SBIR Phase II: Amorphous Metal Nonlinear Resistor Applications for Liquid Crystal Display Backplanes

Period of Performance: 02/10/2015 - 07/31/2017

$750K

Phase 2 SBIR

Recipient Firm

Amorphyx Inc.
508 SW Jefferson Ave Suite 12
Corvallis, OR 97339
Firm POC, Principal Investigator

Abstract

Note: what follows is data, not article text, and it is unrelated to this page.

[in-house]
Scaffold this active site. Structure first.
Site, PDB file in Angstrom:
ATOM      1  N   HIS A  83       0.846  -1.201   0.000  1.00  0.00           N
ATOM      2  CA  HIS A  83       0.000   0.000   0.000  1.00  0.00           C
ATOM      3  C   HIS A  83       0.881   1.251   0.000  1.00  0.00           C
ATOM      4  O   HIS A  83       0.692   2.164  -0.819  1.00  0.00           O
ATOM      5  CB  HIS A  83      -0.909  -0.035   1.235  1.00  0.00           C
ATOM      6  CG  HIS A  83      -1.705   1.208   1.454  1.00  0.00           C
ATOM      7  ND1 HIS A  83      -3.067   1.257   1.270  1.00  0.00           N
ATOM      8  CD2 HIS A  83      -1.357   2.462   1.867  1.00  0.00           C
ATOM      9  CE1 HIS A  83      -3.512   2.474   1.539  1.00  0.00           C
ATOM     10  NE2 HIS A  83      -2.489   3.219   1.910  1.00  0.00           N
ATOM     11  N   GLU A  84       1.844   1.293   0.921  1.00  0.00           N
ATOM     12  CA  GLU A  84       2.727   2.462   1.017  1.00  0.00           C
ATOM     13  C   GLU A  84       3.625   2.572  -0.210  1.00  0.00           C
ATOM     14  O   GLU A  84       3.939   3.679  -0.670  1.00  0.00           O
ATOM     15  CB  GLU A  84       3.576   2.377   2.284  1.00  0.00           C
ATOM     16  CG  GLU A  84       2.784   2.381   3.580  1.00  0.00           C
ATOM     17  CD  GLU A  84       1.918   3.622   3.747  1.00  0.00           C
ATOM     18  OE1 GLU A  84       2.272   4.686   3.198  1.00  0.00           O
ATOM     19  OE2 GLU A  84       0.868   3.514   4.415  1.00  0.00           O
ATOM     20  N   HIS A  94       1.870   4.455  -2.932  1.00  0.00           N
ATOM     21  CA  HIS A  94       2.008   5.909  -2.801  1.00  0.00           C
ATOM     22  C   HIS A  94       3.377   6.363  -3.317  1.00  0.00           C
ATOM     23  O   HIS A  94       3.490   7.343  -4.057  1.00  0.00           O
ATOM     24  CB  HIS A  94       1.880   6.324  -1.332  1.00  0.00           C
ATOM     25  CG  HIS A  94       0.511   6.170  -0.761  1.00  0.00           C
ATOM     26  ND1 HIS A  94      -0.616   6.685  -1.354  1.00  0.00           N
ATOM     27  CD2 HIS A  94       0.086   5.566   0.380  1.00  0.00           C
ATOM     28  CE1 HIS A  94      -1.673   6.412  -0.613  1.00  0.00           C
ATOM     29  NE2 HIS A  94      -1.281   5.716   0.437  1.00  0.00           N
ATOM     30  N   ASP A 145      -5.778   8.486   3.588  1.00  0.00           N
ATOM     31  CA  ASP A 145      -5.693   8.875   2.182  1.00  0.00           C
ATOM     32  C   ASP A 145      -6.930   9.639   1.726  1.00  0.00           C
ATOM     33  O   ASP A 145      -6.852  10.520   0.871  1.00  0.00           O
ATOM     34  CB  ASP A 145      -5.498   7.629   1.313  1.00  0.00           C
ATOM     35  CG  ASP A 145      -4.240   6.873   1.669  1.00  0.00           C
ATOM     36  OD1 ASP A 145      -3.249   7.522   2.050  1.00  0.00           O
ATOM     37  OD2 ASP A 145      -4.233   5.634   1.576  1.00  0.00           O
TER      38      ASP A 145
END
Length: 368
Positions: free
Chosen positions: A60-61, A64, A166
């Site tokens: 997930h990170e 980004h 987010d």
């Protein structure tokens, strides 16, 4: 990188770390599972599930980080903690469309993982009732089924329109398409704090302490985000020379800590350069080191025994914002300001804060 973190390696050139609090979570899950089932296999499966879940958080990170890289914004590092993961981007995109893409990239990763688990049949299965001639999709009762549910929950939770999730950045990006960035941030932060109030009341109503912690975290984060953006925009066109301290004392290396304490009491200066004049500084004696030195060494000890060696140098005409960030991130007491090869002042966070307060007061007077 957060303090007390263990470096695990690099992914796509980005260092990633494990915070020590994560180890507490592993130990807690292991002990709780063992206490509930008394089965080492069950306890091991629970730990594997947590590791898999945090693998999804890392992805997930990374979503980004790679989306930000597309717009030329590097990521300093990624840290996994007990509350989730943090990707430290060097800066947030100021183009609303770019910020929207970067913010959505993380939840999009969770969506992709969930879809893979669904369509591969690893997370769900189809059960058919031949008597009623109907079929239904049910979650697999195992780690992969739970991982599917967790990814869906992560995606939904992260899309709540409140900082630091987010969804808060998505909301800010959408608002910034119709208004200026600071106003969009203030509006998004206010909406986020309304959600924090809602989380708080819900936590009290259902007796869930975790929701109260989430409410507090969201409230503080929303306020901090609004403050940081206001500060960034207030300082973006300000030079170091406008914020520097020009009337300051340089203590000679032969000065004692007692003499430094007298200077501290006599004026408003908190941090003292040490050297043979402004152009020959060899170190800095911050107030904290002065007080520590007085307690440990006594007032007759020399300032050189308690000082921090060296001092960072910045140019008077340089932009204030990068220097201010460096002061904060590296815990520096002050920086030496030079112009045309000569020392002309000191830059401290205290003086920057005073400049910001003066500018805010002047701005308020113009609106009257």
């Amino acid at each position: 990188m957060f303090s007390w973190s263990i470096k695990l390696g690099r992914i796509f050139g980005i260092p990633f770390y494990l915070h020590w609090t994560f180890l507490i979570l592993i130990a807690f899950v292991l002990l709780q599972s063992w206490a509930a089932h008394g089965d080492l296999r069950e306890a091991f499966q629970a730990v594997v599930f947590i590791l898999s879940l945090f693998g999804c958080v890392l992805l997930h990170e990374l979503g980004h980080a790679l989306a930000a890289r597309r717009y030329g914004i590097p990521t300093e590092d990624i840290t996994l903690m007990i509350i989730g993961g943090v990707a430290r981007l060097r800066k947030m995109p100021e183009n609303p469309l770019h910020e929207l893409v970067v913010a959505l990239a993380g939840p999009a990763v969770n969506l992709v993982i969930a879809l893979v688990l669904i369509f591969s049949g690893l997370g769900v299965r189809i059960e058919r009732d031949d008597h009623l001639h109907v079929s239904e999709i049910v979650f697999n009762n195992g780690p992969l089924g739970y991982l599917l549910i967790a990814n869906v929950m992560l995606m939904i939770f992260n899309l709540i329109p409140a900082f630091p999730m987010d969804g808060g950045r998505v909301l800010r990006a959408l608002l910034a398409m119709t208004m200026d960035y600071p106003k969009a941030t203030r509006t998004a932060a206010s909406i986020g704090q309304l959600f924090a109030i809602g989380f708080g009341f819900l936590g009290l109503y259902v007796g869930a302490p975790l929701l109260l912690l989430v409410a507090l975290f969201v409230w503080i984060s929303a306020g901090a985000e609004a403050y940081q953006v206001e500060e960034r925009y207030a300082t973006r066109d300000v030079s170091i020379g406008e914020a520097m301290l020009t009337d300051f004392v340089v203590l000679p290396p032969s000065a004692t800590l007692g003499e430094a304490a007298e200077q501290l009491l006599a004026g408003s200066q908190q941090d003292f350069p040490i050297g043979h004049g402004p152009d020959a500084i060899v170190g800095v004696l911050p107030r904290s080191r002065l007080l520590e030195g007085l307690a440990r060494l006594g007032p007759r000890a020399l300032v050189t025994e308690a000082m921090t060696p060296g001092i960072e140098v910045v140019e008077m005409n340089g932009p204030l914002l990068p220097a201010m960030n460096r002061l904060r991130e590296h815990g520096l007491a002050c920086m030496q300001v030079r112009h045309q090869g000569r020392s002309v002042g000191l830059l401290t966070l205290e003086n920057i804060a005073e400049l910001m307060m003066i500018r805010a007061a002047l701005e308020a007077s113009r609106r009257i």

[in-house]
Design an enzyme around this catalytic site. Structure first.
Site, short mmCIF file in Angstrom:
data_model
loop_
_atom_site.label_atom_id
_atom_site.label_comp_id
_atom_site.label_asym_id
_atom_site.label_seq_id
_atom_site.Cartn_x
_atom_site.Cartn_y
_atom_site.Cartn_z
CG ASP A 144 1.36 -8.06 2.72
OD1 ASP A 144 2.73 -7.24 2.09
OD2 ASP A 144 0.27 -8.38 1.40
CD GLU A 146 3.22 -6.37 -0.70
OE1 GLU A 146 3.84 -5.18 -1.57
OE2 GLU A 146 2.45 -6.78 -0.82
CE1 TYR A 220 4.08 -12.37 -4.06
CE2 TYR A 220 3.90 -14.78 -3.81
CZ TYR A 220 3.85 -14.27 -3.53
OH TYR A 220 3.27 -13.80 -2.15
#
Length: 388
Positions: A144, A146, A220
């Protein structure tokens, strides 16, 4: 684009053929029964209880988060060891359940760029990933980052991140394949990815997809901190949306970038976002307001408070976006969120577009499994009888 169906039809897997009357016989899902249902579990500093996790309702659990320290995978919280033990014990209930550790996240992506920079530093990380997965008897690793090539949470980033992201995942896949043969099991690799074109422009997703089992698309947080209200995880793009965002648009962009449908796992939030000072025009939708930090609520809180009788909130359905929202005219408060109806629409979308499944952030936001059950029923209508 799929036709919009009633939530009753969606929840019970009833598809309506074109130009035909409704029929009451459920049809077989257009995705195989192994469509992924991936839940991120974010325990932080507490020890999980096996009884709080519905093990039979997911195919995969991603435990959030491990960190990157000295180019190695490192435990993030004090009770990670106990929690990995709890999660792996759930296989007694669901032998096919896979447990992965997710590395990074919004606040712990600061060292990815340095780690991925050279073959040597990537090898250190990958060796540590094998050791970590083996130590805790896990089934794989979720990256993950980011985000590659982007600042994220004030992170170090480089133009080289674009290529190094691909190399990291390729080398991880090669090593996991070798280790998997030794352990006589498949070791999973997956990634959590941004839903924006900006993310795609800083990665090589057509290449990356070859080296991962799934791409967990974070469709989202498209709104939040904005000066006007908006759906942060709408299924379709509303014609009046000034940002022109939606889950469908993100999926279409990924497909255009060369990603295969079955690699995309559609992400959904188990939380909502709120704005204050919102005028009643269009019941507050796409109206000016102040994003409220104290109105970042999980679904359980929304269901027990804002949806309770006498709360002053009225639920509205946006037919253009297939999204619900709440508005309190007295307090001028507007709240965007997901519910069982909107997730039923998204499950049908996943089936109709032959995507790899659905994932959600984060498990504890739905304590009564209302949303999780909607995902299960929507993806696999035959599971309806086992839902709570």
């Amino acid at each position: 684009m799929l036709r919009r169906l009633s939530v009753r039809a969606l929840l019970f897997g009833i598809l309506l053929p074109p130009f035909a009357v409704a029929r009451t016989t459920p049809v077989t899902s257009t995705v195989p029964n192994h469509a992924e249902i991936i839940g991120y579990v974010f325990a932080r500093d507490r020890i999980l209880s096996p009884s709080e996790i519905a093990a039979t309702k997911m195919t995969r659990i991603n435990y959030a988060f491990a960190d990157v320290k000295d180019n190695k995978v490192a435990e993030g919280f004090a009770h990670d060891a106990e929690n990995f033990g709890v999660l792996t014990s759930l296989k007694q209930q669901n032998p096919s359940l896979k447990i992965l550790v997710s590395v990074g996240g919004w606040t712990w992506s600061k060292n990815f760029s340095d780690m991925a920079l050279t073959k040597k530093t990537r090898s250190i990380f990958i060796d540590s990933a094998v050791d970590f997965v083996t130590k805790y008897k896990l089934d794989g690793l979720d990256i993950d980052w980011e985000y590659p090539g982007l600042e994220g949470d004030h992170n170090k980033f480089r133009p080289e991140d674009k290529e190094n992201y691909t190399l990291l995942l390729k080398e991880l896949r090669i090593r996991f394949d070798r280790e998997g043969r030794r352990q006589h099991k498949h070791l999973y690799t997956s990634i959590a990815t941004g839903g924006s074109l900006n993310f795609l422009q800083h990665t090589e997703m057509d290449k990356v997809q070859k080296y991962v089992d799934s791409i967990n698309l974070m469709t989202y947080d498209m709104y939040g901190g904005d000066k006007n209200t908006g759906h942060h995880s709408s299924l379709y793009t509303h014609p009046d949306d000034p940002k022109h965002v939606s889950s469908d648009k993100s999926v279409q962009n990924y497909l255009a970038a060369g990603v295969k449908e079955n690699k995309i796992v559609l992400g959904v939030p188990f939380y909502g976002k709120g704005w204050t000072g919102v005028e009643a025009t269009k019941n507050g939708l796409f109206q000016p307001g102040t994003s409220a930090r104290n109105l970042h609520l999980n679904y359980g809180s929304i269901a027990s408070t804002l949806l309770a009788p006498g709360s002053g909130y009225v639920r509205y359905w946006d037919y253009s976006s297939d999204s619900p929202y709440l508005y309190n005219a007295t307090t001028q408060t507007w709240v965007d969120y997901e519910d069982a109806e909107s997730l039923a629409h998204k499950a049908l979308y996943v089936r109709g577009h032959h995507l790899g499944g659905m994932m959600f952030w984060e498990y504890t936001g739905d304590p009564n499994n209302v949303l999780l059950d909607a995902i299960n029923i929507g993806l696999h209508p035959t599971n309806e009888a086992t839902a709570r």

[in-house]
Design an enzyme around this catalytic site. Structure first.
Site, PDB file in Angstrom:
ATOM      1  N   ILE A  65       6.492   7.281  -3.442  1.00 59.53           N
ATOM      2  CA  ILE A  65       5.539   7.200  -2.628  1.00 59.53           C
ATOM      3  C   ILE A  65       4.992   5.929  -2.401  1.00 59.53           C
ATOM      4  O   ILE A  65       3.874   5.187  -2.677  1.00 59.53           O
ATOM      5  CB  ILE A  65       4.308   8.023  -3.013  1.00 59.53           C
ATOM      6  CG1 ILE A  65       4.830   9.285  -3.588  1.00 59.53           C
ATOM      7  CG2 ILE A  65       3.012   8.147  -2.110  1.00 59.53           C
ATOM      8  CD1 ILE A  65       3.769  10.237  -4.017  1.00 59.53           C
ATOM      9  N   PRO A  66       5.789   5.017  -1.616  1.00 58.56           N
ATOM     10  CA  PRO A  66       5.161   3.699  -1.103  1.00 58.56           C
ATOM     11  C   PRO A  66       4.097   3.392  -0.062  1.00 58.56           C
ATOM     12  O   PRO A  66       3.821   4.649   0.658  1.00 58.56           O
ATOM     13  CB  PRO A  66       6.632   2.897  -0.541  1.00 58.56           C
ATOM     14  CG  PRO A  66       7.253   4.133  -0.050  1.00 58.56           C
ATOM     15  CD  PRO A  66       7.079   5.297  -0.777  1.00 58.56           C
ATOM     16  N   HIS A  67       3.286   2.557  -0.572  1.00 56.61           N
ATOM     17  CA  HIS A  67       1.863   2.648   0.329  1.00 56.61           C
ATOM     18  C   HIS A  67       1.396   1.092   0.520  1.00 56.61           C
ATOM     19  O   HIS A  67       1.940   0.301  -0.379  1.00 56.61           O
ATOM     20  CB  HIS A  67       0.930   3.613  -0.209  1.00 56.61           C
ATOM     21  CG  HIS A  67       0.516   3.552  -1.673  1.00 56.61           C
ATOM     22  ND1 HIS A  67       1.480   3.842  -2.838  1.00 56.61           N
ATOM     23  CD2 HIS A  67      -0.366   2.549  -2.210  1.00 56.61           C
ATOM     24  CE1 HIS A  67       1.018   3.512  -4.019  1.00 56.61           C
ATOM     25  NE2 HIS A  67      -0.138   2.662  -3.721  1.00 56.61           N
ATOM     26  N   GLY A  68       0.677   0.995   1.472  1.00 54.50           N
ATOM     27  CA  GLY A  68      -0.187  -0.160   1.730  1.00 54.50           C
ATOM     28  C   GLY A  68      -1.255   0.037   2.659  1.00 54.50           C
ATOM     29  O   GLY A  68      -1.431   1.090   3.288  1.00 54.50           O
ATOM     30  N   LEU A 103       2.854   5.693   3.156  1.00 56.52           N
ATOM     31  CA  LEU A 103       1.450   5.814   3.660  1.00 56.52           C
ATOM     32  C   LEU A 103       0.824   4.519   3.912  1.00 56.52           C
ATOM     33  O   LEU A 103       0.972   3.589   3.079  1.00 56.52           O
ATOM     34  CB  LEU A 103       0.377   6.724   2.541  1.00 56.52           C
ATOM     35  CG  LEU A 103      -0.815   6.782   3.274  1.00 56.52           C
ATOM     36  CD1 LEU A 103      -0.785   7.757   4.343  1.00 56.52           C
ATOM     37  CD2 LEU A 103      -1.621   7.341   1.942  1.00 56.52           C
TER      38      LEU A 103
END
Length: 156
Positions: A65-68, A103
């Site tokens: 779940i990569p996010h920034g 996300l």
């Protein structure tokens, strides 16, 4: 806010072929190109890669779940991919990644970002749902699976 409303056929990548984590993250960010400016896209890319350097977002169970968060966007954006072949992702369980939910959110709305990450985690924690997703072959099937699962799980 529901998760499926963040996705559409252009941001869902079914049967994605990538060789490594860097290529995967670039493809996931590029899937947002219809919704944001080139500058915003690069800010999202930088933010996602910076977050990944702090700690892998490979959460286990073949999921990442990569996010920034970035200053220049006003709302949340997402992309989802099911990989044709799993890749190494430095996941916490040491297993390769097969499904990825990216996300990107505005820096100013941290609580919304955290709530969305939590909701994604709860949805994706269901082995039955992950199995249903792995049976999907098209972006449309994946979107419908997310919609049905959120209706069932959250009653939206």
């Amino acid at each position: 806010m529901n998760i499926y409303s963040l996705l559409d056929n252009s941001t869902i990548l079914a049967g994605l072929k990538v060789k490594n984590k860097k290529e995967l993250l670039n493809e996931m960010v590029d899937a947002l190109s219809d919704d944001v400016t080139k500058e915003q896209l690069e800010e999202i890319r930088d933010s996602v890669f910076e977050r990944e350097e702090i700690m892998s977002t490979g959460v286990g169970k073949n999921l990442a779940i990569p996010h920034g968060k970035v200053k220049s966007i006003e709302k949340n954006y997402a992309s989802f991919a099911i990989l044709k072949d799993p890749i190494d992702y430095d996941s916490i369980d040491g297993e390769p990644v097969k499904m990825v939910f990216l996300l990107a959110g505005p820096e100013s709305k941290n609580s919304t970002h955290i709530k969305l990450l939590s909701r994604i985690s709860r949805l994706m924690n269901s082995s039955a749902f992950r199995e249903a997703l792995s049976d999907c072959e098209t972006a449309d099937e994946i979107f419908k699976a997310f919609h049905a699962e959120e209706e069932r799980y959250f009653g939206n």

The broader impact/commercial potential of this Small Business Innovation Research (SBIR) Phase II project is to simplifying the display backplane manufacturing process and thereby deliver cost savings to a display industry annually losing billions of dollars. The technology being developed as part of this Phase II project has the potential to outperform current thin film transistor (TFT) backplane technologies in key Liquid Crystal Display (LCD) performance areas such as power consumption, image brightness and quality, and color richness. The vision of this project is to redefine the cost, manufacturability and performance of displays through the use of advanced materials and novel electronics. Beyond dramatic economic implications for the LCD industry, the amorphous metal and metal oxide-based technologies developed through this project will enable a technically and economically viable path to roll-to-roll production of flexible glass displays. Enabling a roll-to-roll "flex" factory could reintroduce display manufacturing to the United States. This Small Business Innovation Research (SBIR) Phase II project challenges conventional display industry practice by eliminating semiconductor content and relying on quantum tunneling conduction enabled by innovative materials to control the LCD backplane. The relatively simple tunneling devices developed as part of this project contrast with the industry's focus on increasingly complex semiconductors and manufacturing processes to meet the performance demands of UHD TV while reducing cost. The use of these structurally less complex tunneling devices in the LCD backplane has been enabled through the use of amorphous metal thin-films. The objective of this Phase II project is to develop a prototype display incorporating amorphous metal thin-film based tunneling devices and to evaluate its performance in terms of gray-scale control, power consumption, and maximum refresh rate. It is anticipated that amorphous metal tunneling devices can outperform current TFT technologies in these three areas by enabling 12-bit gray-scale accuracy, increasing the sub-pixel aperture ratio, and eliminating the need for semiconductor materials. The results from this prototype will confirm the technology's core value proposition, amorphous metal thin-film devices improve UHD performance while reducing manufacturing cost and increasing factory capacity.